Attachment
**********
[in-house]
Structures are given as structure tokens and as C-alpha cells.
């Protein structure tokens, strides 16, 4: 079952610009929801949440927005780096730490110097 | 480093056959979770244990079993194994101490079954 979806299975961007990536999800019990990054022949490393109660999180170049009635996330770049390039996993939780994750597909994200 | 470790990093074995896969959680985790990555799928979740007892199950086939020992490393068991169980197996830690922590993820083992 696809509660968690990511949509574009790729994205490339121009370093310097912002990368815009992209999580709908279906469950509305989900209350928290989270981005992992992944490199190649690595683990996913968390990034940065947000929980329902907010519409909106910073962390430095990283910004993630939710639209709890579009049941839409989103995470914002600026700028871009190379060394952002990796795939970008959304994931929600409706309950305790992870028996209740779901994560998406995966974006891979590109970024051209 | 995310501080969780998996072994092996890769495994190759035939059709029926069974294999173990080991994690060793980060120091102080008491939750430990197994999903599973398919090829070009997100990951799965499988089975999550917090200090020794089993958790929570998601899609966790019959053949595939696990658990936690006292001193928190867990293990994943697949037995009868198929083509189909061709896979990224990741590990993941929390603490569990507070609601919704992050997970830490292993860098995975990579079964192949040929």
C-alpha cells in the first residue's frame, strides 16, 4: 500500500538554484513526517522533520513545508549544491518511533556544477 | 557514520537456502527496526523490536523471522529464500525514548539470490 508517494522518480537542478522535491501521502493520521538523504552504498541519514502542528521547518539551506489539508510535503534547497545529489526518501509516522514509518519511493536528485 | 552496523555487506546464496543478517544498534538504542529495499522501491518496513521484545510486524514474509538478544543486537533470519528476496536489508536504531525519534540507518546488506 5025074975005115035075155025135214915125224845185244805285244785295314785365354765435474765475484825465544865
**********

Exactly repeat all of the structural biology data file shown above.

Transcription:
[in-house]
Structures are given as structure tokens and as C-alpha cells.
């Protein structure tokens, strides 16, 4: 079952610009929801949440927005780096730490110097 | 480093056959979770244990079993194994101490079954 979806299975961007990536999800019990990054022949490393109660999180170049009635996330770049390039996993939780994750597909994200 | 470790990093074995896969959680985790990555799928979740007892199950086939020992490393068991169980197996830690922590993820083992 696809509660968690990511949509574009790729994205490339121009370093310097912002990368815009992209999580709908279906469950509305989900209350928290989270981005992992992944490199190649690595683990996913968390990034940065947000929980329902907010519409909106910073962390430095990283910004993630939710639209709890579009049941839409989103995470914002600026700028871009190379060394952002990796795939970008959304994931929600409706309950305790992870028996209740779901994560998406995966974006891979590109970024051209 | 995310501080969780998996072994092996890769495994190759035939059709029926069974294999173990080991994690060793980060120091102080008491939750430990197994999903599973398919090829070009997100990951799965499988089975999550917090200090020794089993958790929570998601899609966790019959053949595939696990658990936690006292001193928190867990293990994943697949037995009868198929083509189909061709896979990224990741590990993941929390603490569990507070609601919704992050997970830490292993860098995975990579079964192949040929």
C-alpha cells in the first residue's frame, strides 16, 4: 500500500538554484513526517522533520513545508549544491518511533556544477 | 557514520537456502527496526523490536523471522529464500525514548539470490 508517494522518480537542478522535491501521502493520521538523504552504498541519514502542528521547518539551506489539508510535503534547497545529489526518501509516522514509518519511493536528485 | 552496523555487506546464496543478517544498534538504542529495499522501491518496513521484545510486524514474509538478544543486537533470519528476496536489508536504531525519534540507518546488506 5025074975005115035075155025135214915125224845185244805285244785295314785365354765435474765475484825465544865